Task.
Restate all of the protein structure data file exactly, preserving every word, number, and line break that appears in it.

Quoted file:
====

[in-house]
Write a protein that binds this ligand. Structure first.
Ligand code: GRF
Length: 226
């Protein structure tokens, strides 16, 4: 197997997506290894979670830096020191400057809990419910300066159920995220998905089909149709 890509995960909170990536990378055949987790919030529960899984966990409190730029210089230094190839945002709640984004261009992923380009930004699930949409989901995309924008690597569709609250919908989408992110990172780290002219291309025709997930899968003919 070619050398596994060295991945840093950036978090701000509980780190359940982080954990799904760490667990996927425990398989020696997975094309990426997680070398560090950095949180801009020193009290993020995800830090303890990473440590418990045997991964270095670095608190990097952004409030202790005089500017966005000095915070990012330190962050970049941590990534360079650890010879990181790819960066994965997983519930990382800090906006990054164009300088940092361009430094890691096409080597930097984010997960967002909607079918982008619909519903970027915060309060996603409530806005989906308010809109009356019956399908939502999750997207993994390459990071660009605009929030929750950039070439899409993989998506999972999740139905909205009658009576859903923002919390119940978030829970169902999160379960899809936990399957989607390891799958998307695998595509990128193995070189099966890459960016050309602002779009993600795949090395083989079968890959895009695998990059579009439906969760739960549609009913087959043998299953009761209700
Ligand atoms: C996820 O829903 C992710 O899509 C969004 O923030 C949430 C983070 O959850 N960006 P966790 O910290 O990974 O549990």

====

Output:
[in-house]
Write a protein that binds this ligand. Structure first.
Ligand code: GRF
Length: 226
């Protein structure tokens, strides 16, 4: 197997997506290894979670830096020191400057809990419910300066159920995220998905089909149709 890509995960909170990536990378055949987790919030529960899984966990409190730029210089230094190839945002709640984004261009992923380009930004699930949409989901995309924008690597569709609250919908989408992110990172780290002219291309025709997930899968003919 070619050398596994060295991945840093950036978090701000509980780190359940982080954990799904760490667990996927425990398989020696997975094309990426997680070398560090950095949180801009020193009290993020995800830090303890990473440590418990045997991964270095670095608190990097952004409030202790005089500017966005000095915070990012330190962050970049941590990534360079650890010879990181790819960066994965997983519930990382800090906006990054164009300088940092361009430094890691096409080597930097984010997960967002909607079918982008619909519903970027915060309060996603409530806005989906308010809109009356019956399908939502999750997207993994390459990071660009605009929030929750950039070439899409993989998506999972999740139905909205009658009576859903923002919390119940978030829970169902999160379960899809936990399957989607390891799958998307695998595509990128193995070189099966890459960016050309602002779009993600795949090395083989079968890959895009695998990059579009439906969760739960549609009913087959043998299953009761209700
Ligand atoms: C996820 O829903 C992710 O899509 C969004 O923030 C949430 C983070 O959850 N960006 P966790 O910290 O990974 O549990």